Stux Gallery is pleased to present Suellen Parker’s premiere solo exhibition at the Stux Gallery. Originally commissioned by the New York Times Magazine due to her work’s parody on the cosmetic market, Parker continues her scorchingly irreverent exploration of the ego and its commodification.
Parker’s process is as complex as it is unique. Taking friends and acquaintances as models, she begins with small figurative sculptures, molded by hand out of clay and photographed in specially constructed lighting environments. These images are then digitally layered over and embedded into other photographs from ‘life’, i.e. a set of eyes, a pair of lips, a syringe or a house plant. The final product - high-gloss, richly saturated Fuji flex prints - only hint at the laboured craftsmanship from which they were derived.
The conceptual implications of Parker’s works’ materiality are compounded through their narrative. Parker takes as her subject such mundane clichés as the sunburnt diva, the pill-pushing doctor and the home-based exercise enthusiast. Completing the scene with accompanying troupes, so commonplace they might indeed be rendered invisible, her work makes fantasy out of a shoebox. Our delight in Claymation stories as children is reawaken here in a sardonic realm of mediocrity. Worse yet the characters, which had once inspired soft affection, unsettle us now with their awkward features, lumpy surfaces and most of all the glint of life in their eyes.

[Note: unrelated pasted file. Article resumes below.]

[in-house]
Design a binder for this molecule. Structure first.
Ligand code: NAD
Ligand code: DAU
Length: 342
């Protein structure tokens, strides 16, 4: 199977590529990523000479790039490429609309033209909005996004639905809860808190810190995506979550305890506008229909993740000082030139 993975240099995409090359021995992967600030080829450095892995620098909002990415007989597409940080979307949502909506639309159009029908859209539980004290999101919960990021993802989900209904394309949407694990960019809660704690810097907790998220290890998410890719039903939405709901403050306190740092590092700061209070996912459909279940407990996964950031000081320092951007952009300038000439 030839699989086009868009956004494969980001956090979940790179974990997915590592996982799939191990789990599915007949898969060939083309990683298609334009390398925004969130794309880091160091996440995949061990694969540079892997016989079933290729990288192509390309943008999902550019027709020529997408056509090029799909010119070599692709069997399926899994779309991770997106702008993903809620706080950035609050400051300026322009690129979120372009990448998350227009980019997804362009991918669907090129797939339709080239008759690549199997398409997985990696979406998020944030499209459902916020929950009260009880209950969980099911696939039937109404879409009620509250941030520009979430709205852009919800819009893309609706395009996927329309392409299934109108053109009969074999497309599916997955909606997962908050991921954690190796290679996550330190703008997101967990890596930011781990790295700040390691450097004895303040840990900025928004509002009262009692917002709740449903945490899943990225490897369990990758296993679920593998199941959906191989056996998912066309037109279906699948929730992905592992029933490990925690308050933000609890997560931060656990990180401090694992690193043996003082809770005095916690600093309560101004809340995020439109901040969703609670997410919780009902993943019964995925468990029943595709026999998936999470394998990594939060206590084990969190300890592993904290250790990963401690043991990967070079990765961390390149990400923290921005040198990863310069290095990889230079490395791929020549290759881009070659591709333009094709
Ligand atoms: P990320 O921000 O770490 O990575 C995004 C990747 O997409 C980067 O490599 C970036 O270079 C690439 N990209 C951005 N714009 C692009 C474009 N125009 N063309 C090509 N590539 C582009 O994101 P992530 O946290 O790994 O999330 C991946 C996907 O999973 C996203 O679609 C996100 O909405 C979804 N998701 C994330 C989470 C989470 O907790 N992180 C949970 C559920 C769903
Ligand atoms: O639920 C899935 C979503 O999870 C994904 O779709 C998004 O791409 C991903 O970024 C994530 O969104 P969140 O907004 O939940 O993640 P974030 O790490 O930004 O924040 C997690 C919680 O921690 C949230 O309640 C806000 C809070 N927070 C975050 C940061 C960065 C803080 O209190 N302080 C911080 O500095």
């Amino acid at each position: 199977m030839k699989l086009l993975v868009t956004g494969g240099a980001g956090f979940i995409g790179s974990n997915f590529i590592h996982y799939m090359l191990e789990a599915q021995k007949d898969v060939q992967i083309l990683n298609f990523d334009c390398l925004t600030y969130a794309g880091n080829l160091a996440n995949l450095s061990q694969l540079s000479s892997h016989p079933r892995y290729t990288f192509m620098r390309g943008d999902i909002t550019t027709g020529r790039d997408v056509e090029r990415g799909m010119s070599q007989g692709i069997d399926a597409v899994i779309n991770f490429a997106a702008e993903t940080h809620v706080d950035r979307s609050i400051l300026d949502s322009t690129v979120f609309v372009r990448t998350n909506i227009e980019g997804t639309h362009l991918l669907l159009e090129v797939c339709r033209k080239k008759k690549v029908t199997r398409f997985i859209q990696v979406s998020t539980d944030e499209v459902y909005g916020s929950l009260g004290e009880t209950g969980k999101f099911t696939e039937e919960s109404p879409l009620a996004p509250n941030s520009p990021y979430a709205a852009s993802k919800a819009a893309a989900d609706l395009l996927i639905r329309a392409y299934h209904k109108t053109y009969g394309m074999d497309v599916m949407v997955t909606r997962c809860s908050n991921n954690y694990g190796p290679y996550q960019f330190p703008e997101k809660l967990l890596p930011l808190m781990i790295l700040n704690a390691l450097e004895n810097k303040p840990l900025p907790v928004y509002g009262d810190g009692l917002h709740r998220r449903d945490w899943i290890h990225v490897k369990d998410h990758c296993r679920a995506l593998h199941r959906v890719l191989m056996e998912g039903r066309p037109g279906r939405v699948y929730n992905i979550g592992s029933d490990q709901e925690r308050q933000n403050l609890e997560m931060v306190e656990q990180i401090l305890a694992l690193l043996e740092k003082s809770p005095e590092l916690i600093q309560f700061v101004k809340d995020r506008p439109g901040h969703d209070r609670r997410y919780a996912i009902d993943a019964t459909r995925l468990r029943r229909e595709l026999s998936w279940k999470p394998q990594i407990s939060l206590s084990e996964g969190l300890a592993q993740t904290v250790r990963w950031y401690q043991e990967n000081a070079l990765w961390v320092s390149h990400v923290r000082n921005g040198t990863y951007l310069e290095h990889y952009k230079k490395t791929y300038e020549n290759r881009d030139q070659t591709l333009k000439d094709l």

By selecting the clean finish of digital photography for her presentation Parker posits viewers as judge and jury on the case of reality vs. the beauty industry. We find the defense to have no defense at all. Calmed by their prescriptions, making no progress with ill-conceived though radical attempts at eternal youth, and unable to connect to those around them these personages are steeped in the futility of vanity and mirror our own flaws. These works truly command empathy as visions of our existential angst over our own phenomenology. The photographs, however, do not sermonize, but merely posit, for our appreciation, the desire for perfection as a manifestation of human nature. Parker’s mastery of her chosen crafts are truly impressive, her vision as an artist is both childlike and sharply ironic. Combined they are not to be missed.